NEW YORK - In an Eyewitness News exclusive, a technology worker at The American Museum of Natural History claims he was a target of discrimination and harassment.
The reason: he says he is gay and also HIV positive.
"I can't do this anymore to myself. I can't subject myself to this on a daily basis," said Bryan Torres, the plaintiff.
51-year-old Torres was describing his job at one of New York City's premiere institutions, The American Museum of Natural History.
It's a place of learning, where families and tourists come to see that which is prehistoric.
Except behind the closed doors in this building's basement IT office, Torres alleges the only thing that seems outdated was the attitude from his boss.
"He had gone to HR, and demanded that they disclose my medical information to him," Torres said. "They had refused. He began to slam things, like slamming the door to his office. The interaction became very hostile."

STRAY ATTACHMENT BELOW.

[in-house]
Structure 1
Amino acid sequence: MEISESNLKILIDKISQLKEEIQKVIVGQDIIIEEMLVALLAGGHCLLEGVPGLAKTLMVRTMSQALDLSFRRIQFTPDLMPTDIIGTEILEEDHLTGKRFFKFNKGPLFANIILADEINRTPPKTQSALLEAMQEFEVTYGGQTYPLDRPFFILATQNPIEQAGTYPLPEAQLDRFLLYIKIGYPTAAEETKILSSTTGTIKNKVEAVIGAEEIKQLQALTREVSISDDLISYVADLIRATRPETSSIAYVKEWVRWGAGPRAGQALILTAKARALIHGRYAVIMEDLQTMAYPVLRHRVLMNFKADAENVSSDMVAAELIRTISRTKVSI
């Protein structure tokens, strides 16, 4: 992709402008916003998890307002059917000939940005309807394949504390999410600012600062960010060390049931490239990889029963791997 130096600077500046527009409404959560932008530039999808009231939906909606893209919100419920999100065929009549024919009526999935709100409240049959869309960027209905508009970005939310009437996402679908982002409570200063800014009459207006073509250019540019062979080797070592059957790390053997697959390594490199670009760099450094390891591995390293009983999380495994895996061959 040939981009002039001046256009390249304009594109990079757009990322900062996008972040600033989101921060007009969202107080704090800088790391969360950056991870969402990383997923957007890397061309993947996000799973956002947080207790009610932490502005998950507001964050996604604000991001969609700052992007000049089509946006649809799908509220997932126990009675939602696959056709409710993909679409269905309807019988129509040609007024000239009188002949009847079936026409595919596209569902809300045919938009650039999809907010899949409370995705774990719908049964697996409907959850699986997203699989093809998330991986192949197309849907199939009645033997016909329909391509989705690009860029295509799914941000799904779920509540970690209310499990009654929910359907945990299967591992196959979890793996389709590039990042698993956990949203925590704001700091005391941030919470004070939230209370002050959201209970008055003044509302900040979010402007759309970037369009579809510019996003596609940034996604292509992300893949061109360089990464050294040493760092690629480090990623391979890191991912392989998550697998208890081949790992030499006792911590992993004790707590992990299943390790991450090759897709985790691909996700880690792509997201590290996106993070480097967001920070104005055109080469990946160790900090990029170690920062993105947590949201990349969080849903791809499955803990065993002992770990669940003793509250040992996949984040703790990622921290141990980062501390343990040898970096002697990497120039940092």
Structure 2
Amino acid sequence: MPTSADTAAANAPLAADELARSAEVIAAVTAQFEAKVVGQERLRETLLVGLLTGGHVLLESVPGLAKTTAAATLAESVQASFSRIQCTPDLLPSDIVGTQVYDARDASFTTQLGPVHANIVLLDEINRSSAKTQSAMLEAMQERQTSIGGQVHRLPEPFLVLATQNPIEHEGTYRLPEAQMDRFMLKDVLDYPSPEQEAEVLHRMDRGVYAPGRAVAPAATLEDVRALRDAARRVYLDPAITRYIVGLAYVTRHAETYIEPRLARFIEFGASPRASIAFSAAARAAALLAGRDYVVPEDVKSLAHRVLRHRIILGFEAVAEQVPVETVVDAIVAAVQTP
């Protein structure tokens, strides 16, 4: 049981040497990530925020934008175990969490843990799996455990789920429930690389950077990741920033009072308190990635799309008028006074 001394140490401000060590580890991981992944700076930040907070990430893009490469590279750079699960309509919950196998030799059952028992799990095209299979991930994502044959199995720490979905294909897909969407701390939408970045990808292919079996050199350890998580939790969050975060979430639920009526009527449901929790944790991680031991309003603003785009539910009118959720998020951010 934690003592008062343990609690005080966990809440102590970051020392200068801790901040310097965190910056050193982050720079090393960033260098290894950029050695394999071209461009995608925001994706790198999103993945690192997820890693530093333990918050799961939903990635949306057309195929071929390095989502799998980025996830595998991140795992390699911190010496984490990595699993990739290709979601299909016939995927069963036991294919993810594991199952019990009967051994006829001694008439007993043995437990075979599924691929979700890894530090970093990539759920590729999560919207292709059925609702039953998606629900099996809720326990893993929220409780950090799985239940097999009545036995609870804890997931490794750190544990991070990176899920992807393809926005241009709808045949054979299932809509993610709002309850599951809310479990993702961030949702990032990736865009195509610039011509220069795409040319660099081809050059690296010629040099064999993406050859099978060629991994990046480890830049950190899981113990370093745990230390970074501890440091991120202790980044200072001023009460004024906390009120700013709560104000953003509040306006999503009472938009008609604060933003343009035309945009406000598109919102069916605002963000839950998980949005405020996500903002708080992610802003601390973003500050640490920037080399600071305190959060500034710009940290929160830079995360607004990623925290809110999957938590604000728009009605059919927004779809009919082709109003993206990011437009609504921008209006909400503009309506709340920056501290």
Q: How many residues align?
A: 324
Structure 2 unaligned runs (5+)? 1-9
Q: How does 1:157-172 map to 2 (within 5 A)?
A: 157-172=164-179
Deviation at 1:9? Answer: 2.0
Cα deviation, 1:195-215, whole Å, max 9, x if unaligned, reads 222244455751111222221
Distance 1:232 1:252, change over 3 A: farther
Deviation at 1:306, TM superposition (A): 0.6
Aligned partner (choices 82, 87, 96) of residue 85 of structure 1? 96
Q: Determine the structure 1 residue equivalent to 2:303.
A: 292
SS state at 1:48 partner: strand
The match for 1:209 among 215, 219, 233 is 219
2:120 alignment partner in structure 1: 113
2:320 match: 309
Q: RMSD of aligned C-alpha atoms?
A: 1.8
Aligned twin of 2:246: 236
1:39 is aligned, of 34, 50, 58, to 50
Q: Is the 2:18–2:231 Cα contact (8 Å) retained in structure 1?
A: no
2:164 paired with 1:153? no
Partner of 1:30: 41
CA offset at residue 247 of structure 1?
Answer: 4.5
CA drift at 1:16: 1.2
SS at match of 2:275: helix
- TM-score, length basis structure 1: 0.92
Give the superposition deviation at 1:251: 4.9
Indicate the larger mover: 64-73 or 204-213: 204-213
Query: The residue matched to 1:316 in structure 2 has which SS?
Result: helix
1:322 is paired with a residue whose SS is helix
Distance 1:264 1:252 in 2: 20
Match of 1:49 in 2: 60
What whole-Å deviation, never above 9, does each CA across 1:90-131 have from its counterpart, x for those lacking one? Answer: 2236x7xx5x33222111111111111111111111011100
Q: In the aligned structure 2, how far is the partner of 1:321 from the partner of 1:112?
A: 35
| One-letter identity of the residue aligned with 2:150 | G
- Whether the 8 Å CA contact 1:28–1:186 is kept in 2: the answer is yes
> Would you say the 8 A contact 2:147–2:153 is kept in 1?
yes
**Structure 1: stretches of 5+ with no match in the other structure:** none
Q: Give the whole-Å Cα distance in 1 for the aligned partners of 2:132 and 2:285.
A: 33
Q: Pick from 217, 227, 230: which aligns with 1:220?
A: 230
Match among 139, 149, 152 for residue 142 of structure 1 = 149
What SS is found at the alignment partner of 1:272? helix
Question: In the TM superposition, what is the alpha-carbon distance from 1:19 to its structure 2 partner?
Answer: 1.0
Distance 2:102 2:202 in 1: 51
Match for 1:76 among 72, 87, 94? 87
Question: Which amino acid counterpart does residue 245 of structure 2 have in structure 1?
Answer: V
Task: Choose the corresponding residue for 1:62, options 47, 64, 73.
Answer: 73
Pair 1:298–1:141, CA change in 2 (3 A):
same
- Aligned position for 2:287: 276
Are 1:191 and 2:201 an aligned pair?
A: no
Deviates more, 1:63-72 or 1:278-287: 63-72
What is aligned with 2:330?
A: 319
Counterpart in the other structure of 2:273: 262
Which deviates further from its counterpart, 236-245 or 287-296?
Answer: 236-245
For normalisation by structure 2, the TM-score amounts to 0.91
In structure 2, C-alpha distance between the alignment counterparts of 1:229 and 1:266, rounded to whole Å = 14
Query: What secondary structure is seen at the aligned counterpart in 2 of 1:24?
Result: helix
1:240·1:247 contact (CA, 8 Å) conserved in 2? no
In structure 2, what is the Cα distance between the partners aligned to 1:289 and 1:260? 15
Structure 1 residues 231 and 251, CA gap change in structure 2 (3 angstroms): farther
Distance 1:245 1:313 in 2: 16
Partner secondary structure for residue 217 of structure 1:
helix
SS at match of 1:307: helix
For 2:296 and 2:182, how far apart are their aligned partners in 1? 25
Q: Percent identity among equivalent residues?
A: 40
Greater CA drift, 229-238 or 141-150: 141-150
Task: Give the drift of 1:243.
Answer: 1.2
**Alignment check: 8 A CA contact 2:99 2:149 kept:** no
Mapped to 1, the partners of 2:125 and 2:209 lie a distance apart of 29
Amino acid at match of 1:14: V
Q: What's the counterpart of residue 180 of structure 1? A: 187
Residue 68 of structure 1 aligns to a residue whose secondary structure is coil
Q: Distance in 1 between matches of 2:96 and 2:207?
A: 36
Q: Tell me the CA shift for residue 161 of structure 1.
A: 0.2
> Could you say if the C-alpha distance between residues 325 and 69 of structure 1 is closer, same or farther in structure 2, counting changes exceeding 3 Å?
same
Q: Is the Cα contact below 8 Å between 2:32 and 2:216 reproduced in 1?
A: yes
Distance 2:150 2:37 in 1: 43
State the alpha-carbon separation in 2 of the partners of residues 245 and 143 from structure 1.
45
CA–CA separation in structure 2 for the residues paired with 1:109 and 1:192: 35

Torres had worked at the museum for nearly 10 years and was HIV positive since 2009, but he never had to formally disclose it until a medical episode at his home last year forced him to miss work.
Now in a federal lawsuit filed against the museum and his boss, Torres and his attorney allege "a campaign of harassment and discrimination," that began after his disclosure. His boss even calling Torres "a danger."
"I said to him, 'I'm not a danger to you, I'm not a danger to your family,'" Torres said.
"And this is not 1983, this is 2017," said Walker G. Harman, Jr., Torres' attorney.
They also allege the museum did no investigation for the past year after Torres filed an official complaint with Human Resources.
After repeated requests for an interview, a spokesperson at the museum said they cannot comment on pending litigation.
Meanwhile, Torres is currently on unpaid leave and hopes this lawsuit can alleviate some of his financial and emotional stress. He insists the stress is causing his physical condition to worsen.